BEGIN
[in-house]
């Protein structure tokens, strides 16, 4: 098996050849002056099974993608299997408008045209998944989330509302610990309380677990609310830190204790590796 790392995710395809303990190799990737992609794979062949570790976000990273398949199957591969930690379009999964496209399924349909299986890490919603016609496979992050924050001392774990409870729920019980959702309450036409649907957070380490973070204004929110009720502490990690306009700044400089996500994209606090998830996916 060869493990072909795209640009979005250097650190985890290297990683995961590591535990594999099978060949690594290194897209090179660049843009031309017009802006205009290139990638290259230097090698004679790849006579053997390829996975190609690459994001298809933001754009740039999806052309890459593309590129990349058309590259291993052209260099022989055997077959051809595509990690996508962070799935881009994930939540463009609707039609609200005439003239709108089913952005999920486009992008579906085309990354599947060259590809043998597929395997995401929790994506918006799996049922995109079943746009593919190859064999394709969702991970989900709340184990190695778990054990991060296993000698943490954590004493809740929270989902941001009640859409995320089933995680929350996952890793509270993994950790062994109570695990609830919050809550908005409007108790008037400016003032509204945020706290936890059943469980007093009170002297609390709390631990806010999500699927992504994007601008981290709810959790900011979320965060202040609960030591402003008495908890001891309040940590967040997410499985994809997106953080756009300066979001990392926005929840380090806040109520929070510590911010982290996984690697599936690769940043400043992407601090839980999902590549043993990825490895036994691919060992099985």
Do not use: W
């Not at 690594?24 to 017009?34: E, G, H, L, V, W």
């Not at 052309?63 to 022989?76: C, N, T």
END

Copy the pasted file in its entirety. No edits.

[in-house]
């Protein structure tokens, strides 16, 4: 098996050849002056099974993608299997408008045209998944989330509302610990309380677990609310830190204790590796 790392995710395809303990190799990737992609794979062949570790976000990273398949199957591969930690379009999964496209399924349909299986890490919603016609496979992050924050001392774990409870729920019980959702309450036409649907957070380490973070204004929110009720502490990690306009700044400089996500994209606090998830996916 060869493990072909795209640009979005250097650190985890290297990683995961590591535990594999099978060949690594290194897209090179660049843009031309017009802006205009290139990638290259230097090698004679790849006579053997390829996975190609690459994001298809933001754009740039999806052309890459593309590129990349058309590259291993052209260099022989055997077959051809595509990690996508962070799935881009994930939540463009609707039609609200005439003239709108089913952005999920486009992008579906085309990354599947060259590809043998597929395997995401929790994506918006799996049922995109079943746009593919190859064999394709969702991970989900709340184990190695778990054990991060296993000698943490954590004493809740929270989902941001009640859409995320089933995680929350996952890793509270993994950790062994109570695990609830919050809550908005409007108790008037400016003032509204945020706290936890059943469980007093009170002297609390709390631990806010999500699927992504994007601008981290709810959790900011979320965060202040609960030591402003008495908890001891309040940590967040997410499985994809997106953080756009300066979001990392926005929840380090806040109520929070510590911010982290996984690697599936690769940043400043992407601090839980999902590549043993990825490895036994691919060992099985």
Do not use: W
């Not at 690594?24 to 017009?34: E, G, H, L, V, W």
């Not at 052309?63 to 022989?76: C, N, T």